His immediate reaction was to tell her to smile properly and stop pulling that ‘horrible’ face.
When I heard those words, something inside me snapped, and it was like I suddenly realised why I used to hate having a photo taken. Because of those words. Because smiling for a camera never feels normal and comfortable and is always forced, and when you’re trying to do your best to make it natural and nice looking, and someone tells you that it’s horrible, that kind of breaks your spirit a little.
Or perhaps a lot.
Now I’m not casting blame on Dad. He’s from a different time when one posed nicely for a pic (not quite an oil painting but almost ;)), and random off kilter selfies were not done or considered appropriate. Cheesy grins were not nice and one would certainly never take a picture of one eating their meal. Everything had to look nice, and if it didn’t fit the rules, it was wrong. Just the way it was.
As a little girl though, who didn’t hear she was pretty nearly often enough, had a very low self-esteem and crazy body issues, it was devastating. All I heard was that I was horrible.
It was years before I would ever grow comfortable in front of the camera, and even now, there are days and moments when I can’t do it. (Though a look at my IG feed would suggest otherwise :)) In fact my only fear in posting that video clip the other day, was not that I would be judged for my off key singing, but rather that I might not look great.
Or I would look fat. Or like a person with ginormous arms.
Or a horrible face.
Not quite good enough.
So the day I heard Dad say that to my kids, I snapped back at him. “Don’t you ever say those words to them! Don’t you ever criticise a photo or an attempt at a smile no matter what it looks like! They are beautiful people and I don’t care how toothy the grin is, or how crazy the face, they are wonderful just the way they are. We will not EVER use those words about photos EVER again!’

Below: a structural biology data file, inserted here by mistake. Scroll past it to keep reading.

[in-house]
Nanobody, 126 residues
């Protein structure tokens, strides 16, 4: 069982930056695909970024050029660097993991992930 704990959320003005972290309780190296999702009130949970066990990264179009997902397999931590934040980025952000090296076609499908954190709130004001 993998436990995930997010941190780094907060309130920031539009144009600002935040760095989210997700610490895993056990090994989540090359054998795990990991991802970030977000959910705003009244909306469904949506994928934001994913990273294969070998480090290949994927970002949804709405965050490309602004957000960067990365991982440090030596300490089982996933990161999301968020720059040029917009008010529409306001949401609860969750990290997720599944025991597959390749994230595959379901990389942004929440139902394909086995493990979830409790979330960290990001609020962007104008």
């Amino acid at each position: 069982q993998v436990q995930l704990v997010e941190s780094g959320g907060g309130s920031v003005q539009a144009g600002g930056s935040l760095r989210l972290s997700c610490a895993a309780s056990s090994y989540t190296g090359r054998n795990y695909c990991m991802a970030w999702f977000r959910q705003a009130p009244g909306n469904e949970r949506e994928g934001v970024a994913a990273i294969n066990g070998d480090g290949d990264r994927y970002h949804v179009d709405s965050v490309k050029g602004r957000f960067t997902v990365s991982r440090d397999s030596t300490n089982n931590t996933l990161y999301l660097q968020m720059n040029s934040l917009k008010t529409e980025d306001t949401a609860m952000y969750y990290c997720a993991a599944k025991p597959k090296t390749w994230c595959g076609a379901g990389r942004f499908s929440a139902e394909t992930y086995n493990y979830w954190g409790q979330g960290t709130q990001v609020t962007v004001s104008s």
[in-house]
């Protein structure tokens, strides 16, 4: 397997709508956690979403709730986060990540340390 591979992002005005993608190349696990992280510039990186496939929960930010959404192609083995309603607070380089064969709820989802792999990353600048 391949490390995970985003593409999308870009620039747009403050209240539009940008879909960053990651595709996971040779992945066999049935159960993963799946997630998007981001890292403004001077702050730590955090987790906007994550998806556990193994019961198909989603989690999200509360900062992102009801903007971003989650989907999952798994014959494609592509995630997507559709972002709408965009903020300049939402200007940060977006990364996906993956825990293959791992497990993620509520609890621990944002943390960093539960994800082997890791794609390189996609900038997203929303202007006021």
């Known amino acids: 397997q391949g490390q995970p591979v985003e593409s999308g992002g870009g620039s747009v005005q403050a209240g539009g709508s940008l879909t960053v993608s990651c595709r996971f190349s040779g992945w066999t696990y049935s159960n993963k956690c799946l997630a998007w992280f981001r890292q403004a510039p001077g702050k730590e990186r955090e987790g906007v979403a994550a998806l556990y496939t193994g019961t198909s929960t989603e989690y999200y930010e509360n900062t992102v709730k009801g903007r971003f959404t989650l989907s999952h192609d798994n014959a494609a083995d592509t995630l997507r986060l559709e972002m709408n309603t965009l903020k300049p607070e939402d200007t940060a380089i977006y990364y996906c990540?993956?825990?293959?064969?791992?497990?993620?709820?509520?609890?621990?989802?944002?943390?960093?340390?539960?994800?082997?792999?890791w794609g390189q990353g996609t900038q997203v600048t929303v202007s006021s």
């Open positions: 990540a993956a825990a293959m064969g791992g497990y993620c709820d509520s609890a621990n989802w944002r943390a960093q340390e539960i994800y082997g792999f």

I think he was kind of shocked.
To his credit, he took it on board and I think I’ve only had to remind him once since.
So when similar words came from school, it broke my heart. Because I can’t snap a retort to that eleven year old girl. And I can’t stop Bridie from ever hearing those words, and a seed of doubt planted in her mind. I can try like crazy to tell her that is was a great picture, and she is beautiful and who cares if it’s a little different from all the other kids in the class? Different is great.
But I can’t take it back.
And I so desperately want to.
So my only thought really is this; to love my kids. To tell them I love them every day; to remind them of their strengths and help them with their weakness. To show them that you can put aside the negativity of others and focus on the positivity of truth. To build character and resilience and a confidence in them that will NEVER have to resort to dragging another down so that they feel better about themselves. To train a heart that will always seek to see the best in others and celebrate it in them. That will love unconditionally and without reserve and seek not to judge but to pursue understanding.
To tell my girls each and every day, a thousand times a day if needed, that they are beautiful. Every part of them.
Perfectly, and wonderfully made. No matter what the camera or those behind the lens say.
And hopefully, one day, like me, they will learn to believe it.